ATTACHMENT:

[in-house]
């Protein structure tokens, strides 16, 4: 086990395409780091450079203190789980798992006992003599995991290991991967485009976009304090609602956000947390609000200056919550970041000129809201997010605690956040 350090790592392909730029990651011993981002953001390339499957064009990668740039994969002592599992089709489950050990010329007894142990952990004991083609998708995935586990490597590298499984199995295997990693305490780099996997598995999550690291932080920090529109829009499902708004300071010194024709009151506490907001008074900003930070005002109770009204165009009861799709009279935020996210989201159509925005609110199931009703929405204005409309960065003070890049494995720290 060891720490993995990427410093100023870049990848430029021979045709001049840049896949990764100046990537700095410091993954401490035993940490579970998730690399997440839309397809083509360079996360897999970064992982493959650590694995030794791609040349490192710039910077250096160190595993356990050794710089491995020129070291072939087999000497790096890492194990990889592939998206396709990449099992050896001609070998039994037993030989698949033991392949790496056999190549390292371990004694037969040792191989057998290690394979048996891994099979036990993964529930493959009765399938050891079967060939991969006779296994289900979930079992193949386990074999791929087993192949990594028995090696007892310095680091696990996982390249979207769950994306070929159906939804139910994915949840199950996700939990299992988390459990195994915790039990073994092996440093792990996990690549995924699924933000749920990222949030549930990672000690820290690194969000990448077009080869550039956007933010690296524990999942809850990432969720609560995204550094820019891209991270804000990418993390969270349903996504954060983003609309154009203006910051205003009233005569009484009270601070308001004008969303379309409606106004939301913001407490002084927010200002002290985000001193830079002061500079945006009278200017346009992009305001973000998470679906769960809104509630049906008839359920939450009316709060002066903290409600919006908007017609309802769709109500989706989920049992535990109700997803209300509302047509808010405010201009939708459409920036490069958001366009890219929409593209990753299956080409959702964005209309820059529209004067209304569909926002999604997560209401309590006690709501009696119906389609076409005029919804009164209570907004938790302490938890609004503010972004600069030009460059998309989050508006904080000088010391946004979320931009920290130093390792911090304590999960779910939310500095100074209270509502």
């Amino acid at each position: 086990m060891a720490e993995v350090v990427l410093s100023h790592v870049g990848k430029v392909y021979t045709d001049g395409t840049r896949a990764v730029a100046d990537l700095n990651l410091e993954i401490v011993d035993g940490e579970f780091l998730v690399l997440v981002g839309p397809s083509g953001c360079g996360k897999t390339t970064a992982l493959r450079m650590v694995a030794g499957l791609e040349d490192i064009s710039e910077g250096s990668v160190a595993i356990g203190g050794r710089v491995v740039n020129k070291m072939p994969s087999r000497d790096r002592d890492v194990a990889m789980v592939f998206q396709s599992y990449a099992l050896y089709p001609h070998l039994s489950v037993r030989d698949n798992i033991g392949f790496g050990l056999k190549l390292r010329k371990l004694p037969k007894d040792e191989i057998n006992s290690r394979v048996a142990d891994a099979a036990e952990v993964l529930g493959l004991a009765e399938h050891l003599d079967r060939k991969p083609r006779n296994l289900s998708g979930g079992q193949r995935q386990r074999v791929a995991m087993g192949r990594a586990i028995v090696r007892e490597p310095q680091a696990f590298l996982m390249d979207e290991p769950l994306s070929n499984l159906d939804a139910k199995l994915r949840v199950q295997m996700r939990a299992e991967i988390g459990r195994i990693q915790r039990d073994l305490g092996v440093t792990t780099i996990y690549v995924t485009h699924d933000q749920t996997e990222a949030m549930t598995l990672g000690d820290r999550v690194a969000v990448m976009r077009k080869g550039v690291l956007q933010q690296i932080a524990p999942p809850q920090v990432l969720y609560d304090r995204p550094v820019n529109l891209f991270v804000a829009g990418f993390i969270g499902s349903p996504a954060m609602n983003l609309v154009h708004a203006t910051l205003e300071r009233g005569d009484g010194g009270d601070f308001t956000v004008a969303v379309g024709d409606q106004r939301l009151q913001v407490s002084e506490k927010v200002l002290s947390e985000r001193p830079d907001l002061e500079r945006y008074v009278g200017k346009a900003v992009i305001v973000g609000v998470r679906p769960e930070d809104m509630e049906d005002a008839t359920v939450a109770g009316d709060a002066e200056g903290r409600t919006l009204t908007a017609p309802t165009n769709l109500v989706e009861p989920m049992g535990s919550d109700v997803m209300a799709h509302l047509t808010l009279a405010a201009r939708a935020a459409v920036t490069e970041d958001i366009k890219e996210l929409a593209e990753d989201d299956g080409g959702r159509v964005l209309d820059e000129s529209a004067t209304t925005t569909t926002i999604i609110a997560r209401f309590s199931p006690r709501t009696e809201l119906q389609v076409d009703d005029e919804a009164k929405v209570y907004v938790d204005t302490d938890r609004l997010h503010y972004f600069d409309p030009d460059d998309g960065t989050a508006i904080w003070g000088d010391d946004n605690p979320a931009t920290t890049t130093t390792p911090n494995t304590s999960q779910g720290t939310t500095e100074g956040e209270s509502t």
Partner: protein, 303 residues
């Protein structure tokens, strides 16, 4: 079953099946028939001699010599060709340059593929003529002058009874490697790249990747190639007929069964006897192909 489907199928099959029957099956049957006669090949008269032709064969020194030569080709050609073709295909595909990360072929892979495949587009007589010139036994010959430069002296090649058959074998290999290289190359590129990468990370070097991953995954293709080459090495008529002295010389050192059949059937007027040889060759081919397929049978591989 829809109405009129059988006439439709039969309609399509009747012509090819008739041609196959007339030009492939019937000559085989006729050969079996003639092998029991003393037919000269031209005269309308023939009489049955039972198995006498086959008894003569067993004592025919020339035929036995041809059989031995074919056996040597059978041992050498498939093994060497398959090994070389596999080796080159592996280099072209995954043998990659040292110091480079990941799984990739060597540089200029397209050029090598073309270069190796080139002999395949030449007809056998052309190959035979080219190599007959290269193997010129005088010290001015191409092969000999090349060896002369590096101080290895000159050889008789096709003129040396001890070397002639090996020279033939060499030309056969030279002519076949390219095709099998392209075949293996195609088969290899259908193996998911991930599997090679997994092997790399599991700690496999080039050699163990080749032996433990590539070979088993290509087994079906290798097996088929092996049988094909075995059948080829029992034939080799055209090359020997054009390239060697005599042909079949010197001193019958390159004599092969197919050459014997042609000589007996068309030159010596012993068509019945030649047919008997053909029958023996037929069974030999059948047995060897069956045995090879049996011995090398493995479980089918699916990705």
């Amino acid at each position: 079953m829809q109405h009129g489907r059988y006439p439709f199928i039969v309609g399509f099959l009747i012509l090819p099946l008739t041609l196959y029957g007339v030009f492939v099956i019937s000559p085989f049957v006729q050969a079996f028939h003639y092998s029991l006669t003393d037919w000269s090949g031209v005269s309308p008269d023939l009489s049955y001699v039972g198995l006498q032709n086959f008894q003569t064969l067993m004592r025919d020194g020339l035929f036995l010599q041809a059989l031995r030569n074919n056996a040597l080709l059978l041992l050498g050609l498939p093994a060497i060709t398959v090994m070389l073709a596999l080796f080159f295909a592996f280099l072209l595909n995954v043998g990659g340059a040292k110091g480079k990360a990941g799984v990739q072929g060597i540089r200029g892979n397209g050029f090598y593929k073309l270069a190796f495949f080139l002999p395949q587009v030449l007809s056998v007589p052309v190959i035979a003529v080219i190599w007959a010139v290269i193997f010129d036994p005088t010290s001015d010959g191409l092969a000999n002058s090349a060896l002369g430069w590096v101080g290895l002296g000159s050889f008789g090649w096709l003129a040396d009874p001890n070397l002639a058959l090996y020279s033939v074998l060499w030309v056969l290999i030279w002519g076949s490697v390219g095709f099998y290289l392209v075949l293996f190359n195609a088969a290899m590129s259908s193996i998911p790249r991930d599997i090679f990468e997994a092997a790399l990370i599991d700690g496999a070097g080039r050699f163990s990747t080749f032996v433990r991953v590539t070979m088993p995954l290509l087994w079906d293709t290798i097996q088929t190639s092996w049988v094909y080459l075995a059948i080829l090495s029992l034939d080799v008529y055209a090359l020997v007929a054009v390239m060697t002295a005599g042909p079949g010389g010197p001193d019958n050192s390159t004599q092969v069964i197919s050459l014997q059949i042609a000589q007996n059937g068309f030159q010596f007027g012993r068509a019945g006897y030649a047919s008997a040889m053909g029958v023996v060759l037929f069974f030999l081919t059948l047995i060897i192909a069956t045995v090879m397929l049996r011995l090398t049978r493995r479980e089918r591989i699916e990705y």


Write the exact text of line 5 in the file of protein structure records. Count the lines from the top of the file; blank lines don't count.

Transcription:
């Protein structure tokens, strides 16, 4: 079953099946028939001699010599060709340059593929003529002058009874490697790249990747190639007929069964006897192909 489907199928099959029957099956049957006669090949008269032709064969020194030569080709050609073709295909595909990360072929892979495949587009007589010139036994010959430069002296090649058959074998290999290289190359590129990468990370070097991953995954293709080459090495008529002295010389050192059949059937007027040889060759081919397929049978591989 829809109405009129059988006439439709039969309609399509009747012509090819008739041609196959007339030009492939019937000559085989006729050969079996003639092998029991003393037919000269031209005269309308023939009489049955039972198995006498086959008894003569067993004592025919020339035929036995041809059989031995074919056996040597059978041992050498498939093994060497398959090994070389596999080796080159592996280099072209995954043998990659040292110091480079990941799984990739060597540089200029397209050029090598073309270069190796080139002999395949030449007809056998052309190959035979080219190599007959290269193997010129005088010290001015191409092969000999090349060896002369590096101080290895000159050889008789096709003129040396001890070397002639090996020279033939060499030309056969030279002519076949390219095709099998392209075949293996195609088969290899259908193996998911991930599997090679997994092997790399599991700690496999080039050699163990080749032996433990590539070979088993290509087994079906290798097996088929092996049988094909075995059948080829029992034939080799055209090359020997054009390239060697005599042909079949010197001193019958390159004599092969197919050459014997042609000589007996068309030159010596012993068509019945030649047919008997053909029958023996037929069974030999059948047995060897069956045995090879049996011995090398493995479980089918699916990705």